That makes it sound voluntary to me. There is no mention of you losing benefits if you don’t sign up.

    I dunno, I’m still confused.

  6. #6 |  Chance | 


    above is the social security link I got that from.

  7. #7 |  MacGregory | 

    #1 Bob is right. Many people can’t afford private insurance at this stage in their life. And those that can probably could care less about losing S.S. benefits. Thats probably why this stays under the radar.

  8. #8 |  Boyd Durkin | 

    “This is a critical flaw in a ‘free market’ medical system”

    …which we don’t have. We have government intrusion in everything from licensing to hospital construction to accredation of schools to FDA to endless insurance regulations.

    If you believe someone should insure you for less than the price it costs to provide you services, you will not find a company that will be in business long. No insurance company does this (and recognize the distinction between the concept of “insurance” and actually knowing that certain services will be provided).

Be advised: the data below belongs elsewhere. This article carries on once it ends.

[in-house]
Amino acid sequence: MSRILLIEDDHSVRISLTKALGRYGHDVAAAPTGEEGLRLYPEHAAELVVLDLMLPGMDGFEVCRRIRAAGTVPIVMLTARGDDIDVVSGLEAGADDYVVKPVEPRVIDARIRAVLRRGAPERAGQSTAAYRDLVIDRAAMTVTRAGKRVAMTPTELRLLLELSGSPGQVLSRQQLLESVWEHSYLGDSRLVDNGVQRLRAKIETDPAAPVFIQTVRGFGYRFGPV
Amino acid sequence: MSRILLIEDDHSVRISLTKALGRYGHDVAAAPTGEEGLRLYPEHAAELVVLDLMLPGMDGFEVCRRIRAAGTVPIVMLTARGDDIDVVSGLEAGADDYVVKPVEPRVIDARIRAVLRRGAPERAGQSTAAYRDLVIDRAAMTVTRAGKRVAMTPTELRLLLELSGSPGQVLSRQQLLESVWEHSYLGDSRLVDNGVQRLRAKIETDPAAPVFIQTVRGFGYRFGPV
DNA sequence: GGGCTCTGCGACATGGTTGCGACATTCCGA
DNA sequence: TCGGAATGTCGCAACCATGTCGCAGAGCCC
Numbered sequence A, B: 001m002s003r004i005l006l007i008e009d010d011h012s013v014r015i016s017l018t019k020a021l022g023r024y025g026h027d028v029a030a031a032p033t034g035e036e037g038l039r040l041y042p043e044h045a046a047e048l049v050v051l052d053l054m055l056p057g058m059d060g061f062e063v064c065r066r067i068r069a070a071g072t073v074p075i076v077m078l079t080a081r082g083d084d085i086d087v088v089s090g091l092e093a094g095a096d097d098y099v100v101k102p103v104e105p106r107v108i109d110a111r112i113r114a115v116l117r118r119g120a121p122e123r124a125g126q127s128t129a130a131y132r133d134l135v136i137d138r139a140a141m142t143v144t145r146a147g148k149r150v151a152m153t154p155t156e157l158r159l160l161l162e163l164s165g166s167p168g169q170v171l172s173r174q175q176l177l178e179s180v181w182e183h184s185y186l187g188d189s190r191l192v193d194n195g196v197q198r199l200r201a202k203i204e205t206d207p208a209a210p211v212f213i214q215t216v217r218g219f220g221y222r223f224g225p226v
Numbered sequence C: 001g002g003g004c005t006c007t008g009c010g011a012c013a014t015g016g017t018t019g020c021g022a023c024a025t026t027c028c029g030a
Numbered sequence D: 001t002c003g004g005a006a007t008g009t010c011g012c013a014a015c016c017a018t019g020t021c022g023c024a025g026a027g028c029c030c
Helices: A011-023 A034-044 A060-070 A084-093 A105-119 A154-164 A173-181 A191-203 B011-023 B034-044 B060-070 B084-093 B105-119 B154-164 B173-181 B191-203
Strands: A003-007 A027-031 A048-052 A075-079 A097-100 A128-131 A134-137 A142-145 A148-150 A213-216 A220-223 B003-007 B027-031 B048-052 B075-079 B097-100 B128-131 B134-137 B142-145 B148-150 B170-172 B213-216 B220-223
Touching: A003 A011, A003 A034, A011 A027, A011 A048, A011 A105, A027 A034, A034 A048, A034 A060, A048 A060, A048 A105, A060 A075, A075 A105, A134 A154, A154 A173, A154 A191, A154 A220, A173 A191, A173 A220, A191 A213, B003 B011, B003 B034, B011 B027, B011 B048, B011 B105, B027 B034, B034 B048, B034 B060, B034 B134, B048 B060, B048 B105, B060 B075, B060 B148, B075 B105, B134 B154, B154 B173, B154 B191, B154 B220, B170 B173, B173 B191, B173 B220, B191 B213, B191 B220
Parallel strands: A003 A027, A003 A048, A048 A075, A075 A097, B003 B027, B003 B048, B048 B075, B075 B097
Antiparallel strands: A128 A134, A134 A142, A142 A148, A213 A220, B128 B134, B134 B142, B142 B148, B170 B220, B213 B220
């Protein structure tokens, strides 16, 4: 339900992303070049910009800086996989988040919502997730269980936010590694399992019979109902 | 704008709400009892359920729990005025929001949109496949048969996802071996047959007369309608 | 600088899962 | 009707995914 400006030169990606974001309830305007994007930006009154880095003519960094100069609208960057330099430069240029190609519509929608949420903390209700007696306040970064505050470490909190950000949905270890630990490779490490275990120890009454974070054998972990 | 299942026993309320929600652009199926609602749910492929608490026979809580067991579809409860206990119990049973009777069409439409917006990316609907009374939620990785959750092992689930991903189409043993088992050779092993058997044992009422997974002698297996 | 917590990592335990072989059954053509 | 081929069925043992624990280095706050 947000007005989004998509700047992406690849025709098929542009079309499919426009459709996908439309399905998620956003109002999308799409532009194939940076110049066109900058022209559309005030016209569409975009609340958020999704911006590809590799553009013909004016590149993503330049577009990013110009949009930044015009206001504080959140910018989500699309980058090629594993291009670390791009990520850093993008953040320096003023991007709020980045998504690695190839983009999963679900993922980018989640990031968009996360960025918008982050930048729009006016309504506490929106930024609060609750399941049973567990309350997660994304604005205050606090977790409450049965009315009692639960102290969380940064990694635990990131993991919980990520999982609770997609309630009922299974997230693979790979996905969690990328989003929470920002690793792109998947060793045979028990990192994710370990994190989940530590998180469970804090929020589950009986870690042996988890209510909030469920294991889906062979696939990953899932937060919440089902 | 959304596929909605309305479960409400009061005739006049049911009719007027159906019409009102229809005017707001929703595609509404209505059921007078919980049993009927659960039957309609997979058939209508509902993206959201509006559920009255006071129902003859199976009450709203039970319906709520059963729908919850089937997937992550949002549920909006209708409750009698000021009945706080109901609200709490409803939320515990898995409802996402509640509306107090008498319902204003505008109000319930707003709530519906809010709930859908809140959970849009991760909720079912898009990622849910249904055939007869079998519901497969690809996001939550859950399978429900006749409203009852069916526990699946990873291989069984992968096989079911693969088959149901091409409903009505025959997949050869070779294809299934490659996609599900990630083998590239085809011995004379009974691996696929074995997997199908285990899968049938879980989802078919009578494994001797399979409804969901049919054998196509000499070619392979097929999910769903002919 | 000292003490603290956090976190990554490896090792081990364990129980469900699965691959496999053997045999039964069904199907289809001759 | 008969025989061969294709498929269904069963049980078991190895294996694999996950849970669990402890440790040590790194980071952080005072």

Government health care doesn’t in any way improve the expense of health care to the elderly. It spreads the expense of health care for the elderly to others…and this is a HUGE incentive for expenses to skyrocket.

    This is not a failure of the free market to provide. Low-cost care, charities and other options have absolutely no ability to exist with high taxes, regulations, and government promises to provide these services. And, the free market (when I can find examples of it) has in fact provided affordable care/products to lower income patients. Biogen and Amgen both have extensive programs for pricing based on financial ability to pay, but they really check your ability to pay. So if you actually just don’t want to pay, you won’t be satisfied.

    Yes, insuring your health care is difficult when you are elderly because the actual expenses are much higher. This doesn’t mean that a free market fails.

  9. #9 |  Invid | 

    Bob – you buy the insurance when you’re young & healthy and keep it on into retirement. Duh.

  10. #10 |  ClubMedSux |